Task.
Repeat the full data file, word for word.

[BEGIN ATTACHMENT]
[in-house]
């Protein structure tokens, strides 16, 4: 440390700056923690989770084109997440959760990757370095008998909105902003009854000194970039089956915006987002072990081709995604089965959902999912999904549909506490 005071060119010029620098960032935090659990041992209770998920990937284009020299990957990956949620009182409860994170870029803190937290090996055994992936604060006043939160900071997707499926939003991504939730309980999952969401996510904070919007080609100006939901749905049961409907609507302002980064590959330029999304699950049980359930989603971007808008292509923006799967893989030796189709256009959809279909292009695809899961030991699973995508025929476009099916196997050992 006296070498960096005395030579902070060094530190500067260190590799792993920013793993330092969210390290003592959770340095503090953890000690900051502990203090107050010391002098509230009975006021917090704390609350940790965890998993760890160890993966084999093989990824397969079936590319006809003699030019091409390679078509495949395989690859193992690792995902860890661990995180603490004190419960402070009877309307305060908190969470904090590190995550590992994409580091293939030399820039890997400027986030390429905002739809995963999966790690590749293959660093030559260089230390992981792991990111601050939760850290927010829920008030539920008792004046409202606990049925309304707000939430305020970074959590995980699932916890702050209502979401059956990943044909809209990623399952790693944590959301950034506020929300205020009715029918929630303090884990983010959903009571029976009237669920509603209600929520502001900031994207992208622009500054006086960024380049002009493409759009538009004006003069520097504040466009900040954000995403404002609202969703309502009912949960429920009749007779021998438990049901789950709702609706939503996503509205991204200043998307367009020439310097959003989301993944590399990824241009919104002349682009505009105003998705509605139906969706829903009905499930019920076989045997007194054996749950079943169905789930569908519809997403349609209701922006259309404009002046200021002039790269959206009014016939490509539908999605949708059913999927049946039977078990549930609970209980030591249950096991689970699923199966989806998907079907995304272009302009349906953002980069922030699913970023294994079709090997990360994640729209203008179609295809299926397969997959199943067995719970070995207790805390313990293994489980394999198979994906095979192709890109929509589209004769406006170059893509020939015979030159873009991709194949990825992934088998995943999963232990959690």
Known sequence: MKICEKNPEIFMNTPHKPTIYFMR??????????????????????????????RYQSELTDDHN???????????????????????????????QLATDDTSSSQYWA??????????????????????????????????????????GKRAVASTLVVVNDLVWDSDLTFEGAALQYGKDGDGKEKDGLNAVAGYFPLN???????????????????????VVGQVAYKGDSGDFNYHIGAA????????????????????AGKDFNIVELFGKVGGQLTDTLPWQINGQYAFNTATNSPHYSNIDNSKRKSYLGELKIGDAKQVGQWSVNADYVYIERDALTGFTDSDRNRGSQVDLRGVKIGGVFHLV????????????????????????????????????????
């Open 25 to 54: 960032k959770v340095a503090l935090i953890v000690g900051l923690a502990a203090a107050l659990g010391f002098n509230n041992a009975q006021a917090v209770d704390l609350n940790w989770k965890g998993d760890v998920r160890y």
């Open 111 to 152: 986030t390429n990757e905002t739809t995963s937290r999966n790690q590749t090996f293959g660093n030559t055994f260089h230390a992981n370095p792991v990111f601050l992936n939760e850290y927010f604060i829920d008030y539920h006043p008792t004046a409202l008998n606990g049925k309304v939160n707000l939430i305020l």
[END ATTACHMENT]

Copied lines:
[in-house]
């Protein structure tokens, strides 16, 4: 440390700056923690989770084109997440959760990757370095008998909105902003009854000194970039089956915006987002072990081709995604089965959902999912999904549909506490 005071060119010029620098960032935090659990041992209770998920990937284009020299990957990956949620009182409860994170870029803190937290090996055994992936604060006043939160900071997707499926939003991504939730309980999952969401996510904070919007080609100006939901749905049961409907609507302002980064590959330029999304699950049980359930989603971007808008292509923006799967893989030796189709256009959809279909292009695809899961030991699973995508025929476009099916196997050992 006296070498960096005395030579902070060094530190500067260190590799792993920013793993330092969210390290003592959770340095503090953890000690900051502990203090107050010391002098509230009975006021917090704390609350940790965890998993760890160890993966084999093989990824397969079936590319006809003699030019091409390679078509495949395989690859193992690792995902860890661990995180603490004190419960402070009877309307305060908190969470904090590190995550590992994409580091293939030399820039890997400027986030390429905002739809995963999966790690590749293959660093030559260089230390992981792991990111601050939760850290927010829920008030539920008792004046409202606990049925309304707000939430305020970074959590995980699932916890702050209502979401059956990943044909809209990623399952790693944590959301950034506020929300205020009715029918929630303090884990983010959903009571029976009237669920509603209600929520502001900031994207992208622009500054006086960024380049002009493409759009538009004006003069520097504040466009900040954000995403404002609202969703309502009912949960429920009749007779021998438990049901789950709702609706939503996503509205991204200043998307367009020439310097959003989301993944590399990824241009919104002349682009505009105003998705509605139906969706829903009905499930019920076989045997007194054996749950079943169905789930569908519809997403349609209701922006259309404009002046200021002039790269959206009014016939490509539908999605949708059913999927049946039977078990549930609970209980030591249950096991689970699923199966989806998907079907995304272009302009349906953002980069922030699913970023294994079709090997990360994640729209203008179609295809299926397969997959199943067995719970070995207790805390313990293994489980394999198979994906095979192709890109929509589209004769406006170059893509020939015979030159873009991709194949990825992934088998995943999963232990959690």
Known sequence: MKICEKNPEIFMNTPHKPTIYFMR??????????????????????????????RYQSELTDDHN???????????????????????????????QLATDDTSSSQYWA??????????????????????????????????????????GKRAVASTLVVVNDLVWDSDLTFEGAALQYGKDGDGKEKDGLNAVAGYFPLN???????????????????????VVGQVAYKGDSGDFNYHIGAA????????????????????AGKDFNIVELFGKVGGQLTDTLPWQINGQYAFNTATNSPHYSNIDNSKRKSYLGELKIGDAKQVGQWSVNADYVYIERDALTGFTDSDRNRGSQVDLRGVKIGGVFHLV????????????????????????????????????????
């Open 25 to 54: 960032k959770v340095a503090l935090i953890v000690g900051l923690a502990a203090a107050l659990g010391f002098n509230n041992a009975q006021a917090v209770d704390l609350n940790w989770k965890g998993d760890v998920r160890y």
């Open 111 to 152: 986030t390429n990757e905002t739809t995963s937290r999966n790690q590749t090996f293959g660093n030559t055994f260089h230390a992981n370095p792991v990111f601050l992936n939760e850290y927010f604060i829920d008030y539920h006043p008792t004046a409202l008998n606990g049925k309304v939160n707000l939430i305020l």